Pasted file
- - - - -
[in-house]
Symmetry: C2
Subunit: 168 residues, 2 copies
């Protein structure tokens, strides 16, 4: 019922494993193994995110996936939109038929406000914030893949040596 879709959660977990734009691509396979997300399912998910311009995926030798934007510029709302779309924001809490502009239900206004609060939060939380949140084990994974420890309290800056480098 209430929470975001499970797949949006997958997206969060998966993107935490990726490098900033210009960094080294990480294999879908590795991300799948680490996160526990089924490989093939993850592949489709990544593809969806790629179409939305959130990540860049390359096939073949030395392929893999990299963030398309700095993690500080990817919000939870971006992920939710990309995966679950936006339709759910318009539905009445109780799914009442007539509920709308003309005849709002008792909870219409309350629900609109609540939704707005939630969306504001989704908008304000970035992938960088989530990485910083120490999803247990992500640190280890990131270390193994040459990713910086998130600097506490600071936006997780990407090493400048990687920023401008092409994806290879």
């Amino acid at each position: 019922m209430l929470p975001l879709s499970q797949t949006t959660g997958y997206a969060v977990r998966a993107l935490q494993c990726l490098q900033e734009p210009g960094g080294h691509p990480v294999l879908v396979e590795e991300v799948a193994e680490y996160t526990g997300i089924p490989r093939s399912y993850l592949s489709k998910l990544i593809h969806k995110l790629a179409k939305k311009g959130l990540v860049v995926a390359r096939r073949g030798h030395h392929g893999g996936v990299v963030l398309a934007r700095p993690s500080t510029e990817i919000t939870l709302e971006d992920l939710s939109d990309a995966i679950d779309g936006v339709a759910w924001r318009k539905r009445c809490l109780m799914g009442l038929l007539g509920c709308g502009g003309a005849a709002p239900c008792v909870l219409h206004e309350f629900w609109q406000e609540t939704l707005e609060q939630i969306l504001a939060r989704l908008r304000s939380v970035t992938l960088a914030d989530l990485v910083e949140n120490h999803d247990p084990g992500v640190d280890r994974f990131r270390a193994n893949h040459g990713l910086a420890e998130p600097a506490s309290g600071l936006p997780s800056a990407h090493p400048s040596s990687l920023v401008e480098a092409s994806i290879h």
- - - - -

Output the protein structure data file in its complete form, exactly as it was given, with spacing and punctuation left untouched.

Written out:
[in-house]
Symmetry: C2
Subunit: 168 residues, 2 copies
């Protein structure tokens, strides 16, 4: 019922494993193994995110996936939109038929406000914030893949040596 879709959660977990734009691509396979997300399912998910311009995926030798934007510029709302779309924001809490502009239900206004609060939060939380949140084990994974420890309290800056480098 209430929470975001499970797949949006997958997206969060998966993107935490990726490098900033210009960094080294990480294999879908590795991300799948680490996160526990089924490989093939993850592949489709990544593809969806790629179409939305959130990540860049390359096939073949030395392929893999990299963030398309700095993690500080990817919000939870971006992920939710990309995966679950936006339709759910318009539905009445109780799914009442007539509920709308003309005849709002008792909870219409309350629900609109609540939704707005939630969306504001989704908008304000970035992938960088989530990485910083120490999803247990992500640190280890990131270390193994040459990713910086998130600097506490600071936006997780990407090493400048990687920023401008092409994806290879």
């Amino acid at each position: 019922m209430l929470p975001l879709s499970q797949t949006t959660g997958y997206a969060v977990r998966a993107l935490q494993c990726l490098q900033e734009p210009g960094g080294h691509p990480v294999l879908v396979e590795e991300v799948a193994e680490y996160t526990g997300i089924p490989r093939s399912y993850l592949s489709k998910l990544i593809h969806k995110l790629a179409k939305k311009g959130l990540v860049v995926a390359r096939r073949g030798h030395h392929g893999g996936v990299v963030l398309a934007r700095p993690s500080t510029e990817i919000t939870l709302e971006d992920l939710s939109d990309a995966i679950d779309g936006v339709a759910w924001r318009k539905r009445c809490l109780m799914g009442l038929l007539g509920c709308g502009g003309a005849a709002p239900c008792v909870l219409h206004e309350f629900w609109q406000e609540t939704l707005e609060q939630i969306l504001a939060r989704l908008r304000s939380v970035t992938l960088a914030d989530l990485v910083e949140n120490h999803d247990p084990g992500v640190d280890r994974f990131r270390a193994n893949h040459g990713l910086a420890e998130p600097a506490s309290g600071l936006p997780s800056a990407h090493p400048s040596s990687l920023v401008e480098a092409s994806i290879h």